Today’s analysis presents a supporting view of HR 2012, the proposed federal Horseracing Integrity and Safety Act. Last Friday (11/22/13), an opposing view of HR 2012 was provided.
Sports can broadly be divided into three segments differentiated by how susceptible participants are to suffering severe and permanent damage from injuries. One group includes violent or inherently hazardous sports like American football, rugby, boxing, ultimate fighting, and downhill skiing, wherein the likelihood of horrible injuries are ever-present, including, for example, the documented brain damage from concussions–or death. The second group encompasses sports such as basketball, soccer, and baseball in which injuries can be consequential but the long-term effects are not as likely to be as debilitating. The final group includes noncontact sports like golf, tennis, and swimming, where injuries are least likely to be serious and lasting.
Horse racing assuredly belongs in the forefront of the first group (along with automobile racing) because of the proven risks to jockeys and their mounts. No one can rationally argue with the high death-per-thousand starts for racehorses; the evidence is unassailable. The Jockey Club’s Equine Injury Database contains statistics from over 1.5 million starts and the most recent analysis reveals that the fatality rate per thousand starts is 1.92. However, dirt surfaces have the worst fatality rate at 2.1 per thousand starts, followed by turf at 1.74, and synthetics at 1.03. Therefore, over a typical year in the United States of 45,000-plus races, the number of animals that could be saved if all racetracks had synthetic surfaces is staggering. To be specific, the chances are over twice as high that a horse will die from injuries incurred on a dirt surface as opposed to a synthetic surface.
Yet American Thoroughbred racing’s reaction to these eye-opening statistics is predominately to ignore or disparage them and run the vast majority of races on dirt racetracks, rather than to pressure racetracks to convert to synthetic as soon as possible for the sake of jockeys and horses. The usual lame excuses are proffered, such as trainers and bettors prefer dirt…or American racing on dirt is a tradition…or American bloodstock is bred for dirt. In other words, horse and jockey safety concerns are subordinate.
Similarly, American racing has refused to join the rest of the civilized racing world in banning race-day medication. Furosemide is the medication crutch for the vast majority of modern-day trainers, an addiction that they can’t or won’t break. The Breeders’ Cup could not even make a policy stick that 2-year-olds would race without furosemide. When it is pointed out that most of the rest of the world does not permit medication on race day, furosemide apologists conjure up canards about how American racing is somehow different, or say or imply that European trainers cheat.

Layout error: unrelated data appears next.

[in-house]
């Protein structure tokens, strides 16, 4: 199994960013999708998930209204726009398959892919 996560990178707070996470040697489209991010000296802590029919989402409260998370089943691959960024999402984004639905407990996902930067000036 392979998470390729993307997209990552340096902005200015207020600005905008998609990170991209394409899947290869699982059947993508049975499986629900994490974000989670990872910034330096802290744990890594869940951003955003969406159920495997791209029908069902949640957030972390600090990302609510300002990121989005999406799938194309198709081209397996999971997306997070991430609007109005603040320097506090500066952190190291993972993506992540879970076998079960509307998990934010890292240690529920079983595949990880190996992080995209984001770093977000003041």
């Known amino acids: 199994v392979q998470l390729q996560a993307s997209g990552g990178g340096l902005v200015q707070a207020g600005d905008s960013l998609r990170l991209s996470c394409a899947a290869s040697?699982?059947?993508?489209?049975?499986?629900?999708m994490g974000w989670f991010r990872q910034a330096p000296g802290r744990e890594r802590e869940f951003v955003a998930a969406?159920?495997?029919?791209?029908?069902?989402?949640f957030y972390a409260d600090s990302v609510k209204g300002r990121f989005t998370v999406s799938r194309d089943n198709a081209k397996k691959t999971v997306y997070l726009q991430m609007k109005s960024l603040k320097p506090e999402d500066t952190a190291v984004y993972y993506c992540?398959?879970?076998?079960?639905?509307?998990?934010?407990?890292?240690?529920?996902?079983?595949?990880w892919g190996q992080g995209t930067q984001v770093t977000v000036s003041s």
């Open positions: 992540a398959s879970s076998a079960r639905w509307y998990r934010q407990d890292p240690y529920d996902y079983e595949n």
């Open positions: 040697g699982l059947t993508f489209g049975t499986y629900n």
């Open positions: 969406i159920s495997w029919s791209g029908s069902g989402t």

A sport can never be injury-free, but that does not mean that it should not have that as a goal. No one who is willing to think deeply and objectively about the scientific facts pertaining to racetrack-surface safety and the dependence on race-day furosemide can logically and honestly conclude that American horse racing interests have unfailingly dedicated themselves to making the sport as safe as possible. To the contrary, the route they have followed, the dirt and race-day medication combination, is the worst choice of all.
In the United States of the 21st century, with alarming findings on such perils as concussions from head injuries in football and soccer, a tuned-in society will demand changes or outright bans. The niche sport of horse racing is clearly at risk because it is more dangerous than it has to be, apathetic, and has a tin ear. Society will not continue to countenance a sport in which 1.92 horses are fatally injured per thousand starts, especially when some prominent owners and trainers fight obvious steps to make it safer and argue vociferously for maintaining the status quo. The dismissive comment that “injuries are just part of the game” is unacceptable and rings hollow.
A humane society will not support inhumane sports that permit injuries to its participants when many of them could be prevented. Horse racing will atrophy, like a frog in water brought to a boil, if it does not change drastically and soon. Since there is manifestly little hope for the catalyst to come from within the industry, it must come from outside if at all. That is why the proposed Horseracing Integrity and Safety Act is the only positive path to a future that horse racing aficionados would want to see.
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